I’ve written earlier about the importance of social capital in changing votes and mobilizing voters (see for example this post).
One interesting technological example of “alloy social capital” (blending the silicon of the web with the flesh of face-to-face interactions) was MoveOn’s 2004 mobilization campaign for John Kerry. They worked in collaboration with the DNC and MoveOn’s e-mail list and tried to get people mobilized into talking face-to-face with uncommitted neighbors. Don Green, a skilled and careful researcher at Yale, found that it was effective in the campaign.
They analyzed over 40,000 voters across nine swing states and showed that contact with MoveOn volunteers boosted voter turnout by approximately seven percentage points (a large and statistically significant impact). Don Green and co-author Joel Middleton note that “This finding corroborates experimental findings showing the effectiveness of door-to-door canvassing but contradicts results suggesting that such mobilization is ineffective in the context of high-salience elections.”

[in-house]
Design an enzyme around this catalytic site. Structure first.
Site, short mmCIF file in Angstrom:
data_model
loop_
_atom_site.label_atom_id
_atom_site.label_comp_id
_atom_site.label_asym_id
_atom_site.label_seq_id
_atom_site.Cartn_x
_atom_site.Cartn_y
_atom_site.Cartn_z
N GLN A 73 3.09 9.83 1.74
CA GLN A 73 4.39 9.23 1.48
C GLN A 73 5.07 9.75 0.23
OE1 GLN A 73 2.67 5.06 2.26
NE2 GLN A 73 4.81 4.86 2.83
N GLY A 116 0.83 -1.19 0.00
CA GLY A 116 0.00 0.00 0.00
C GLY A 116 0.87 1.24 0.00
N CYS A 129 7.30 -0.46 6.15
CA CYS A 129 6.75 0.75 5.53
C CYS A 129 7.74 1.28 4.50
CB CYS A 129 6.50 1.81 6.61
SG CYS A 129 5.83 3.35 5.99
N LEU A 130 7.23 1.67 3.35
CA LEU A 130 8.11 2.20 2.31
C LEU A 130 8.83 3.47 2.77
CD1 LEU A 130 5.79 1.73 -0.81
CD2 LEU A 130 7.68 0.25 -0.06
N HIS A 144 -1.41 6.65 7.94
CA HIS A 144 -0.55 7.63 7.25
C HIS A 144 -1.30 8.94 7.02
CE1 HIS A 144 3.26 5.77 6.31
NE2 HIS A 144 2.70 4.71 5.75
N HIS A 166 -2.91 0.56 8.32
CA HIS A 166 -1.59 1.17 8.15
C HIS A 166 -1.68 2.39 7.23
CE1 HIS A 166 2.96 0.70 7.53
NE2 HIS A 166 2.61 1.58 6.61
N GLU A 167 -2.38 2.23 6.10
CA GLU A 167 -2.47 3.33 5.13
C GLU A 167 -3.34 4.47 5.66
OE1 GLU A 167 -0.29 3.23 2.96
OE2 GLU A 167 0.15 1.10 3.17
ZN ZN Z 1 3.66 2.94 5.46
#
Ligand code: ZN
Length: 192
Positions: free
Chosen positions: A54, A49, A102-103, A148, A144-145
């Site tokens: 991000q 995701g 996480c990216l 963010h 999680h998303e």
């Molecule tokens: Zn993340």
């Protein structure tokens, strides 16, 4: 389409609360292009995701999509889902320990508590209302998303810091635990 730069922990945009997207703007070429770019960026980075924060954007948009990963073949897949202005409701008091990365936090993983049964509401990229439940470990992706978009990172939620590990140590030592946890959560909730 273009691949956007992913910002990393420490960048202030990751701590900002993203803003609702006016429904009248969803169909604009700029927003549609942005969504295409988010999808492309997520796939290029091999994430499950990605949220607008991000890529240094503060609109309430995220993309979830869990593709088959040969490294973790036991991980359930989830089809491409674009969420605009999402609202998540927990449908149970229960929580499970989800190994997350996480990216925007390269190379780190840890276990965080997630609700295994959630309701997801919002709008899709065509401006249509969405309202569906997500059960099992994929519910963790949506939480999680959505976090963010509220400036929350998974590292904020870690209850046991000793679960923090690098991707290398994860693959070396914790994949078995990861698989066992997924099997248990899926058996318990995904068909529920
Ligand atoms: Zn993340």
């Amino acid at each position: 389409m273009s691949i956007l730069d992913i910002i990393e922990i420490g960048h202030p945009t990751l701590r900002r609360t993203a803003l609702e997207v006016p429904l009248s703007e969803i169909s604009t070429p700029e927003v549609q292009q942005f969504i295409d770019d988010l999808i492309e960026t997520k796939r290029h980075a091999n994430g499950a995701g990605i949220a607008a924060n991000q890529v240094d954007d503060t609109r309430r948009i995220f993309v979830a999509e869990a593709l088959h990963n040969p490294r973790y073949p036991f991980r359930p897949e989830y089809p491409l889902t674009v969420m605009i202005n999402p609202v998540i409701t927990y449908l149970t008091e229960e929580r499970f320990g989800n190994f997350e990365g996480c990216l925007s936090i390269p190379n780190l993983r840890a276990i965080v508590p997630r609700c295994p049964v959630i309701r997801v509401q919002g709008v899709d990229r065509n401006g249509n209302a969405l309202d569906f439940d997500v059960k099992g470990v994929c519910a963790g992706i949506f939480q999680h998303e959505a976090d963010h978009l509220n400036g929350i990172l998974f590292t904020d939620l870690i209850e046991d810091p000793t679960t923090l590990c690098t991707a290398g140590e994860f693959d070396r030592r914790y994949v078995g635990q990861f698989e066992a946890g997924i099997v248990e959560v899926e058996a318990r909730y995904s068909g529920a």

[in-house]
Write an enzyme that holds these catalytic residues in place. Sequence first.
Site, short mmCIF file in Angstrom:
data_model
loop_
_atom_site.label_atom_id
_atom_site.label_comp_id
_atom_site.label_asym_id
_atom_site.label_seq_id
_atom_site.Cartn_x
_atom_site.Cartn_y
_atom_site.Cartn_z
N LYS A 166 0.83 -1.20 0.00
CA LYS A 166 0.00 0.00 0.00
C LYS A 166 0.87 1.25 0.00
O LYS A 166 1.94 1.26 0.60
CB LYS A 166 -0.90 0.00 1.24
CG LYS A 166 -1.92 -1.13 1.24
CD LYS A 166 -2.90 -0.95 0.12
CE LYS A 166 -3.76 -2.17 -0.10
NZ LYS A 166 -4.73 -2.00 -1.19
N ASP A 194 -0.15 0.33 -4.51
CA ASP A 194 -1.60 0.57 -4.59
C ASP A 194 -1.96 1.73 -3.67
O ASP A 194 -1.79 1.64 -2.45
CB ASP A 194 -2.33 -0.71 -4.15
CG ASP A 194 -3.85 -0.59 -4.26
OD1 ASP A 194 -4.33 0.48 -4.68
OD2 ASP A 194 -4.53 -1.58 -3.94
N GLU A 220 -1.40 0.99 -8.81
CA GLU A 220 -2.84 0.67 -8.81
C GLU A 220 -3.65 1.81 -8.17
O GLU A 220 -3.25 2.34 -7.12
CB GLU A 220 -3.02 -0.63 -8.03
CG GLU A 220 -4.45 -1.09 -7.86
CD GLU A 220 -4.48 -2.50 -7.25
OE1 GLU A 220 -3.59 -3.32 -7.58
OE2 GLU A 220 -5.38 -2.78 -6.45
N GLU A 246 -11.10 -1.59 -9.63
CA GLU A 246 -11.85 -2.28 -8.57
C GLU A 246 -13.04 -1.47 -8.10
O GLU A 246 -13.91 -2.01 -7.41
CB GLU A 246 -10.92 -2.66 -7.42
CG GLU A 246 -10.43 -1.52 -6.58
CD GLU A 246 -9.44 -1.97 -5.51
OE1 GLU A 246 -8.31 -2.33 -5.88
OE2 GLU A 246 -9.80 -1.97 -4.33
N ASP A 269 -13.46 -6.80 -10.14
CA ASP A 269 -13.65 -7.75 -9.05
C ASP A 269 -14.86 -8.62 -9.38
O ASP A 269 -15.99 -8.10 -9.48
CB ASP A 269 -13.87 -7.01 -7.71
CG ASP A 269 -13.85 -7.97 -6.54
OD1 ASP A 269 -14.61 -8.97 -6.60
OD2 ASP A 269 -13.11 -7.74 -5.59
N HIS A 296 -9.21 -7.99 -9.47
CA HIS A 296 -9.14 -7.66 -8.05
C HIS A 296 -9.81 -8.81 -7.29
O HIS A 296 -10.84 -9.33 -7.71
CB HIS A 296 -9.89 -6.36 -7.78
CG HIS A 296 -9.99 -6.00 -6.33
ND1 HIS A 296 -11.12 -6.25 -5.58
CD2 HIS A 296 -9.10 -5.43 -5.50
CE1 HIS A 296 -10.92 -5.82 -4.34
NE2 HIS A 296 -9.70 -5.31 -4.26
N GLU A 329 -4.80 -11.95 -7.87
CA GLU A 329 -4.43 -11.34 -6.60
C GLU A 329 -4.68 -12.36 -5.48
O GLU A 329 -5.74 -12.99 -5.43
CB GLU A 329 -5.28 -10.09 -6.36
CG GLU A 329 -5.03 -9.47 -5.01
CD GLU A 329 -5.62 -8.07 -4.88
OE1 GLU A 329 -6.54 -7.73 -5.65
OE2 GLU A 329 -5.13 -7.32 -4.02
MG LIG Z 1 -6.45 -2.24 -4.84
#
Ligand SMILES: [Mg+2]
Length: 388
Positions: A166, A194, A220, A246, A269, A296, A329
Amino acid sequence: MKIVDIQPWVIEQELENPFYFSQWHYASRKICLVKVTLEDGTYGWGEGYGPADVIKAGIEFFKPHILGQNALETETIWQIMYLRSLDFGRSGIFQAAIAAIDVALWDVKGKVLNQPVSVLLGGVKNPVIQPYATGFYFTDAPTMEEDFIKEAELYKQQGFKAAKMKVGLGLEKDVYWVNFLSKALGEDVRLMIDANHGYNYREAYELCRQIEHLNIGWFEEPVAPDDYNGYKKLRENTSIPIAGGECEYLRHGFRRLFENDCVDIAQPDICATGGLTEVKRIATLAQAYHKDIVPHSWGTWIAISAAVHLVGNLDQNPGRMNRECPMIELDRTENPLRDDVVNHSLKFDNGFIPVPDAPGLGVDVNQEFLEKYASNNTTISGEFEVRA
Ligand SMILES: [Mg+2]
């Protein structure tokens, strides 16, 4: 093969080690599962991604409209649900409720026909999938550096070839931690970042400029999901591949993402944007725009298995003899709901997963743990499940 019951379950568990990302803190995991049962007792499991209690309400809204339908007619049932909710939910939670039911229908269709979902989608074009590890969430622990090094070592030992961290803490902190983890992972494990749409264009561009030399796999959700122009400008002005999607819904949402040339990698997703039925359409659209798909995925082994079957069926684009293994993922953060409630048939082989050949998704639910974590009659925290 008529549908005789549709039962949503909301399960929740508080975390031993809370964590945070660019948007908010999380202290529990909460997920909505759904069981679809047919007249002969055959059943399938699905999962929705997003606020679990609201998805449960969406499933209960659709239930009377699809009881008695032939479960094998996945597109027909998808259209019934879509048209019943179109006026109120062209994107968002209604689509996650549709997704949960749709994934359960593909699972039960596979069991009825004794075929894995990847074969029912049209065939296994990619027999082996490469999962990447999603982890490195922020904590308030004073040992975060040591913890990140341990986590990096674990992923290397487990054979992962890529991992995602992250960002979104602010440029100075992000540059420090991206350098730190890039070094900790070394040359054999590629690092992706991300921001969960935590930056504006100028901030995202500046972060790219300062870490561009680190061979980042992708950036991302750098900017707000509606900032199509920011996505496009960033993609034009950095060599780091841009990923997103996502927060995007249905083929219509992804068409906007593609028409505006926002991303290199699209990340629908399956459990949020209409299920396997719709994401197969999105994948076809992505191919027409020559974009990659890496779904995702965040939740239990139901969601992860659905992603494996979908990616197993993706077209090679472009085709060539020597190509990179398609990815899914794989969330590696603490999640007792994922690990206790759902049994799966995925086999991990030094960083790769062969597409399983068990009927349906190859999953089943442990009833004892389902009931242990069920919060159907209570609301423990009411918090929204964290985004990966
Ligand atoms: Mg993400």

Moreover, the impact of these contacts is larger than one would think. Much in the same way as dollars spent in the economy have a ripple effect, other research has shown a multiplier effect on friends persuaded, as they in turn persuade others.
MoveOn is now fervently working on its ’08 mobilization effort but asserts that this neighbor-to-neighbor mobilization will be at the heart of their approach this year and is actively fundraising to support this effort. MoveOn says that it was effective precisely because of the “social capital” although they don’t use that phrase. They state: It was effective “[b]ecause instead of hiring canvassers to knock on every door in a city, we asked MoveOn volunteers to talk to the folks who lived near them. Neighbors talked to neighbors. Friends talked to friends. The result: The Yale researchers found it was the most effective program ever measured in a presidential election, and one of the strongest ever in any election, 45% more effective than an average door-to-door voter turnout program.”
See Joel A. Middleton and Donald P. Green, “Do Community-Based Voter Mobilization Campaigns Work Even in Battleground States? Evaluating the Effectiveness of MoveOn’s 2004 Outreach Campaign,” unpublished paper.